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Reflections on teaching, literacy, coaching, and practice.

08.06.20To Help Dissolve the Screen, Dissolve the Slide

Dissolving Face photos, royalty-free images, graphics, vectors ...
To see is someone is the first step in connecting

One of the best things about my team’s study of online learning techniques is that we get to ‘live the learning.’ As soon as we learn something we get to try it out in the workshops we do.

Here’s a tiny little example. We talk in all of our workshops about “dissolving the screen”–connecting with students and building relationships from afar. One of the most important tools we have to do that is maintaining and valuing facial contact. It’s important for us to see the students we teach so we can better understand their responses to the materials we teach. And it also helps keep them engaged.

But that can be challenging as a teacher because your slides are often up, and on Zoom or a similar platform that means you can really only see three or four other students.

But we started to notice how some teachers, when they went to discussion, took their slides down very deliberately so they could see more faces during discussion. And of course not being expected to look at slides makes it easier for students to observe each other.

At a recent workshop, Erica put that into action with a little bit of meta and I thought I’d show you the video as she did such a nice job of it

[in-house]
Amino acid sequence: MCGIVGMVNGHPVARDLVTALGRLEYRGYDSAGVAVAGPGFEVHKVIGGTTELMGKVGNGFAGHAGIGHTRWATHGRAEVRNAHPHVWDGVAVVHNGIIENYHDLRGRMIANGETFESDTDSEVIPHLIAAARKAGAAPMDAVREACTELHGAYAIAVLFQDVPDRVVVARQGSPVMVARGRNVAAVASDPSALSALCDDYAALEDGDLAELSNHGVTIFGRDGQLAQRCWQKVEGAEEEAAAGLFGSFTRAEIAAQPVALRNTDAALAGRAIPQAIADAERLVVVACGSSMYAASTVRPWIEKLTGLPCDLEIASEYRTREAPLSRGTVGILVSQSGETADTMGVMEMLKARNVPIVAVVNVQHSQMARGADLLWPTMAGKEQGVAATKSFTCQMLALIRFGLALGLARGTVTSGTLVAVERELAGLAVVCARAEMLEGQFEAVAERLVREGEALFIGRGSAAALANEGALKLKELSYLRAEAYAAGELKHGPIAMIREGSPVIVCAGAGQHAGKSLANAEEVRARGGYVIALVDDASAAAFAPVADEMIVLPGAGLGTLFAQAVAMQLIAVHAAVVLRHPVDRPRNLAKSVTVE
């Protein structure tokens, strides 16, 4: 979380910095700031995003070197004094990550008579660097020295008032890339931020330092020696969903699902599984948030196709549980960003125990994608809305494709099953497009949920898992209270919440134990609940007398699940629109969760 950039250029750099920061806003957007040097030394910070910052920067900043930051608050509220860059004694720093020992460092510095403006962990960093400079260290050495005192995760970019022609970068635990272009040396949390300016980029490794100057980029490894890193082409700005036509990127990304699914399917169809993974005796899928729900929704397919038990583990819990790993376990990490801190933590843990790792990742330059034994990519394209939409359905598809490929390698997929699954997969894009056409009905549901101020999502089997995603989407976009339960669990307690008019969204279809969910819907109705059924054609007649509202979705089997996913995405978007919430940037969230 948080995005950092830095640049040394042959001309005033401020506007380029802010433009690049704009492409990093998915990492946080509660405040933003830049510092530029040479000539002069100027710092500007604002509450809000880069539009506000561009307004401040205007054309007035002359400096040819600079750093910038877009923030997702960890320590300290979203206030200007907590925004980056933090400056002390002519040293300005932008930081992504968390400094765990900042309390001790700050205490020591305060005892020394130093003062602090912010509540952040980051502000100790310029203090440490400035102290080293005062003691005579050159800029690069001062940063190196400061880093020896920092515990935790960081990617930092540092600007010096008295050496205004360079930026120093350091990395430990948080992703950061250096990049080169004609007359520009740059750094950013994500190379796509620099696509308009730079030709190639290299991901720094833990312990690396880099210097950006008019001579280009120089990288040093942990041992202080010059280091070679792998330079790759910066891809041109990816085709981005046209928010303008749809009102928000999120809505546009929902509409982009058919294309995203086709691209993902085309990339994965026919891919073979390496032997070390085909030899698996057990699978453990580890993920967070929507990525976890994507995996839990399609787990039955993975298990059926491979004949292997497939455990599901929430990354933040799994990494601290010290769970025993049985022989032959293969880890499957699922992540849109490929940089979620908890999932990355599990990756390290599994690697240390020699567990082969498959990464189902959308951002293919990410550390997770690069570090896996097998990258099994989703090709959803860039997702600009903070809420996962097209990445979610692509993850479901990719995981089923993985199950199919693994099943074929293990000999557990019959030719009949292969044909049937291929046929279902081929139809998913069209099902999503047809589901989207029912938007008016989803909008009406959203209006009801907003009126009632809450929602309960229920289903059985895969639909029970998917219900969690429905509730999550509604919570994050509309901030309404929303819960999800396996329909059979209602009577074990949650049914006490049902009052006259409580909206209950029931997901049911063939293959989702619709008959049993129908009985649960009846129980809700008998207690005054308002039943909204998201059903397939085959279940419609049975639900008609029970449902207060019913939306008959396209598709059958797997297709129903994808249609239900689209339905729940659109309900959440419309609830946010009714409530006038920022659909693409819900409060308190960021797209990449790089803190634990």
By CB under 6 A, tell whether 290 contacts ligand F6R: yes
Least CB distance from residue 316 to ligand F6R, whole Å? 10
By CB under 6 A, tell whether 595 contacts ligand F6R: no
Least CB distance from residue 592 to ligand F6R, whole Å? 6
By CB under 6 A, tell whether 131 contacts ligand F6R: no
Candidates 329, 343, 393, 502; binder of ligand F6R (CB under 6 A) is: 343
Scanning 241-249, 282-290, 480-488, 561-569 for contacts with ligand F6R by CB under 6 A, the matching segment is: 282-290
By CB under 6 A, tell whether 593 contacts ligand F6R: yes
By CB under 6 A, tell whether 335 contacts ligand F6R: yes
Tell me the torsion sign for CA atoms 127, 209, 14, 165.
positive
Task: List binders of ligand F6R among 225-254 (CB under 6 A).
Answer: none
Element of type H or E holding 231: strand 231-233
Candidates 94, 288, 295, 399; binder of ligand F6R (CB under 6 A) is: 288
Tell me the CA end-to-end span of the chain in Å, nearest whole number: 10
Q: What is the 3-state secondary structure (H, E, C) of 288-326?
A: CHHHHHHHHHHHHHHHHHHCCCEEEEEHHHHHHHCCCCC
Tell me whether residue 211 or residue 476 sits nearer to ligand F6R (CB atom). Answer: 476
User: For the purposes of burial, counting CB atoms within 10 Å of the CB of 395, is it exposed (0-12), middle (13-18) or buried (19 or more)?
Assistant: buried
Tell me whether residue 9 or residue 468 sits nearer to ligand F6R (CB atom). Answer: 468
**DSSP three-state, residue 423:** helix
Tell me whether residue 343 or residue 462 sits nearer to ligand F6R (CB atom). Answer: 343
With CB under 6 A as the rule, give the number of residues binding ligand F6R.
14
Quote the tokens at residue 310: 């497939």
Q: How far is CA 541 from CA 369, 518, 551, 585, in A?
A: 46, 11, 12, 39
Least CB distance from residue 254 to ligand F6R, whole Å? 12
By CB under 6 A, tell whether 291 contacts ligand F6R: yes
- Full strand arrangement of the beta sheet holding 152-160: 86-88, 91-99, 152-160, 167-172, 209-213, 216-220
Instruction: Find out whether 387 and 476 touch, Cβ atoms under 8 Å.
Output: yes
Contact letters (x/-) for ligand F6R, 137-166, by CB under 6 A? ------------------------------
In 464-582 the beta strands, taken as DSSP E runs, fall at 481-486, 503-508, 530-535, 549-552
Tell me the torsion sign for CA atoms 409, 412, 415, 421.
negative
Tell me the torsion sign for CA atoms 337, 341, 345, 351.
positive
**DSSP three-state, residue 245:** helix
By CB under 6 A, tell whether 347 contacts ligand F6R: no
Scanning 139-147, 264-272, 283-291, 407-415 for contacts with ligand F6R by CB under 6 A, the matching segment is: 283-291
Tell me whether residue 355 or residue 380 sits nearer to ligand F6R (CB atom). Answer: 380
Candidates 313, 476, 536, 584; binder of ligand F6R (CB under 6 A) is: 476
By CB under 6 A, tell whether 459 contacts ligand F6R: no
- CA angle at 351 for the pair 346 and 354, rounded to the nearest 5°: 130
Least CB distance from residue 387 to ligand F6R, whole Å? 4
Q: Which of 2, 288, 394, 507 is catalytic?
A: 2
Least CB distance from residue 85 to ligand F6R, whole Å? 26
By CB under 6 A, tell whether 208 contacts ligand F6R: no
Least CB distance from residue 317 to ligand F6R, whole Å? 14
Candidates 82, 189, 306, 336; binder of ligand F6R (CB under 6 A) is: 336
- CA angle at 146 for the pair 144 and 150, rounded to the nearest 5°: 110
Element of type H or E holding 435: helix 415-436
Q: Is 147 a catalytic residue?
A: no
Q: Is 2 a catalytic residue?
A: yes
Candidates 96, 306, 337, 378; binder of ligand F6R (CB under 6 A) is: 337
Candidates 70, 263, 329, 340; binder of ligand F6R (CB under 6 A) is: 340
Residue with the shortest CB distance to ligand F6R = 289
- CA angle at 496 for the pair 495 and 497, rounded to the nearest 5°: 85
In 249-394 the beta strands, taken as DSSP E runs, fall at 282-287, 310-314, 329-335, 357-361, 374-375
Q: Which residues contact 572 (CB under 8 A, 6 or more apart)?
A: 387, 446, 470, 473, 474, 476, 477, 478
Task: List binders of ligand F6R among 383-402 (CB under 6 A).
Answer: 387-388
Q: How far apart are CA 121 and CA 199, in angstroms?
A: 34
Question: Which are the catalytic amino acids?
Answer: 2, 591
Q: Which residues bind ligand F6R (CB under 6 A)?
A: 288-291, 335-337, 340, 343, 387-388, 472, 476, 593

You can see her set up her question, ask everyone to chat a response and review what their colleagues wrote and then, for the discussions she takes down the slide very deliberately (well, technically she asks me to do it since we were co-presenting). In fact she goes meta in a way you could just as easily go with students and with adults. Smiling warmly she says, “We’ve learned it’s beneficial to minimize the PowerPoint so you can have those face to face connections.”

And, really, even before Taylor kicks off the conversation it suddenly feels different. A tiny bit like we’re more connected. That we can all see each other is visual reminder that we’re transitioning to discussion.

Anyway, we’re calling this idea of taking down your slides temporarily to reinforce peer-to-peer listening and improve your ability to read participants’ reactions “Dissolve the Slide.” Now that we’ve tried it out a few times we’re sure we really like it.

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